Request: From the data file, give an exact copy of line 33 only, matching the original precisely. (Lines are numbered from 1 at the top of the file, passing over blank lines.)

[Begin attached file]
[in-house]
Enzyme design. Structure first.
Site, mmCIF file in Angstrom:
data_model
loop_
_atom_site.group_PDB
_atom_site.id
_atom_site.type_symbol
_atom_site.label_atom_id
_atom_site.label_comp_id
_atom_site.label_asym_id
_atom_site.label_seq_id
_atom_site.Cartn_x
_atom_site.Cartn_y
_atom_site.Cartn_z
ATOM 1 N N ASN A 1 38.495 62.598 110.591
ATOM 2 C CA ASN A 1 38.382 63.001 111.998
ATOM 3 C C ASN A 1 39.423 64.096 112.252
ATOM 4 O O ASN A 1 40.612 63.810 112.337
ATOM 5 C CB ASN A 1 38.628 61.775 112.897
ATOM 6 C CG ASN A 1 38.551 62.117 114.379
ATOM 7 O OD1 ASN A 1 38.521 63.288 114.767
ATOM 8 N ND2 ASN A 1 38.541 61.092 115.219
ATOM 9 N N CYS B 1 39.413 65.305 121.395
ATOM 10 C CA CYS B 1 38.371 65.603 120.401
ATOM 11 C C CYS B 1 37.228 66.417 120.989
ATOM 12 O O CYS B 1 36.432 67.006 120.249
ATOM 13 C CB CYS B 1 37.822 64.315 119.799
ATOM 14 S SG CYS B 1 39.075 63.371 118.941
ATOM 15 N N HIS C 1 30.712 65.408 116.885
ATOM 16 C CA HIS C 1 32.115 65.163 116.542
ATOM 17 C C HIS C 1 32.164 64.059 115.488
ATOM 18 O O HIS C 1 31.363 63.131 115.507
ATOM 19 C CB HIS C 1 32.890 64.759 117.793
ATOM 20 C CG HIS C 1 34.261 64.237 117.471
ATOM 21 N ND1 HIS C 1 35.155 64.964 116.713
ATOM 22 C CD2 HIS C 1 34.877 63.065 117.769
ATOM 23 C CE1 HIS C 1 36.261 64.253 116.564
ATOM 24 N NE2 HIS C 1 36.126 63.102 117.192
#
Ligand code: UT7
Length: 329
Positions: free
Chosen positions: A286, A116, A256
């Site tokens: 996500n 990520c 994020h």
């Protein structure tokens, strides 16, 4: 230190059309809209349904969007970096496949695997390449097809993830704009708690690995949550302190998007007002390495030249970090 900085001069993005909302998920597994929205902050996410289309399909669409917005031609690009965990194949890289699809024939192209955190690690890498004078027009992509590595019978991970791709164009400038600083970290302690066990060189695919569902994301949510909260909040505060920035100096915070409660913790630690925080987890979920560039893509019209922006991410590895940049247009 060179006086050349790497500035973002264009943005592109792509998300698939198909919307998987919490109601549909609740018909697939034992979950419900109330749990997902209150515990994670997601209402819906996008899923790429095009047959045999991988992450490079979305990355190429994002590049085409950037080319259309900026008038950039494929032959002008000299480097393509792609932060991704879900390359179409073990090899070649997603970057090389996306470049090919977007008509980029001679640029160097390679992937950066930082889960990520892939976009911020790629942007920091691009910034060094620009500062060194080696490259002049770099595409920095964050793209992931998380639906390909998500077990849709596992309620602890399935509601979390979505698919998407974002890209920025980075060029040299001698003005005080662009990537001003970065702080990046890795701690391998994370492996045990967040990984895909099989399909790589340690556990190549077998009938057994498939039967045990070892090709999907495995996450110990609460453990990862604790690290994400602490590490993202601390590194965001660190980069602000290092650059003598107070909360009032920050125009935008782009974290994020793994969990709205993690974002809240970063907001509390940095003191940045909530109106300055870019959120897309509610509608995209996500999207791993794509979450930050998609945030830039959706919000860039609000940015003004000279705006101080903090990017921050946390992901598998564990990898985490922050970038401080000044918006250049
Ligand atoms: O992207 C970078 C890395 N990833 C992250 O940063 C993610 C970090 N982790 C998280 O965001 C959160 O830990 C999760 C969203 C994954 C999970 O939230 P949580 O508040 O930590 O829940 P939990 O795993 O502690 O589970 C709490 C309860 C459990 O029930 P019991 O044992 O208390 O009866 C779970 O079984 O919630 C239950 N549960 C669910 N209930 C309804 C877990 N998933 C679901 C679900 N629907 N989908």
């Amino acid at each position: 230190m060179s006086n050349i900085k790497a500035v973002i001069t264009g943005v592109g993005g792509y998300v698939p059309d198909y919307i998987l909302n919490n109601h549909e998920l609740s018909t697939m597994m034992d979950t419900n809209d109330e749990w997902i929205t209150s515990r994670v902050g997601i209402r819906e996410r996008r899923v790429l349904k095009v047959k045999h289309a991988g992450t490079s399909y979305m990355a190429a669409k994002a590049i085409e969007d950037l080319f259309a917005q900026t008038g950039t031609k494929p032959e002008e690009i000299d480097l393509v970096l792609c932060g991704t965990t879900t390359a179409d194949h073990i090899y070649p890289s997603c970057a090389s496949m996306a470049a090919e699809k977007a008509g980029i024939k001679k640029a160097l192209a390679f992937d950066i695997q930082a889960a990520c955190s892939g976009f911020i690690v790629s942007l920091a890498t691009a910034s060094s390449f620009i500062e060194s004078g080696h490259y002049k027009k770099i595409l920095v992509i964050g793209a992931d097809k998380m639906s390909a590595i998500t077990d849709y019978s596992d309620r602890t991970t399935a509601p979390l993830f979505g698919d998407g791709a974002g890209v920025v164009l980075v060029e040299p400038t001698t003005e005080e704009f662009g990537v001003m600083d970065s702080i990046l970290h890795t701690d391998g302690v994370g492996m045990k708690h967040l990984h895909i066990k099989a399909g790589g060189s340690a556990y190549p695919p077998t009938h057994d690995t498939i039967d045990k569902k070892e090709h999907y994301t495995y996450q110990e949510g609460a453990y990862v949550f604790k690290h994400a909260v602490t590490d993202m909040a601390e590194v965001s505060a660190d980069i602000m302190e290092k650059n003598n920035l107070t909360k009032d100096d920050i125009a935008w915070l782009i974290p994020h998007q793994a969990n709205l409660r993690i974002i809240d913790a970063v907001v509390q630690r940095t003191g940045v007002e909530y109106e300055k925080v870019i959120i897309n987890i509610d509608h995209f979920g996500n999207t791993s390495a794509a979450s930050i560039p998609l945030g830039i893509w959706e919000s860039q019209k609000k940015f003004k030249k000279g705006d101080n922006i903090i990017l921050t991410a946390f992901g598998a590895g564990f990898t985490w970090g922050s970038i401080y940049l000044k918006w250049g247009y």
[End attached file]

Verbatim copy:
ATOM 18 O O HIS C 1 31.363 63.131 115.507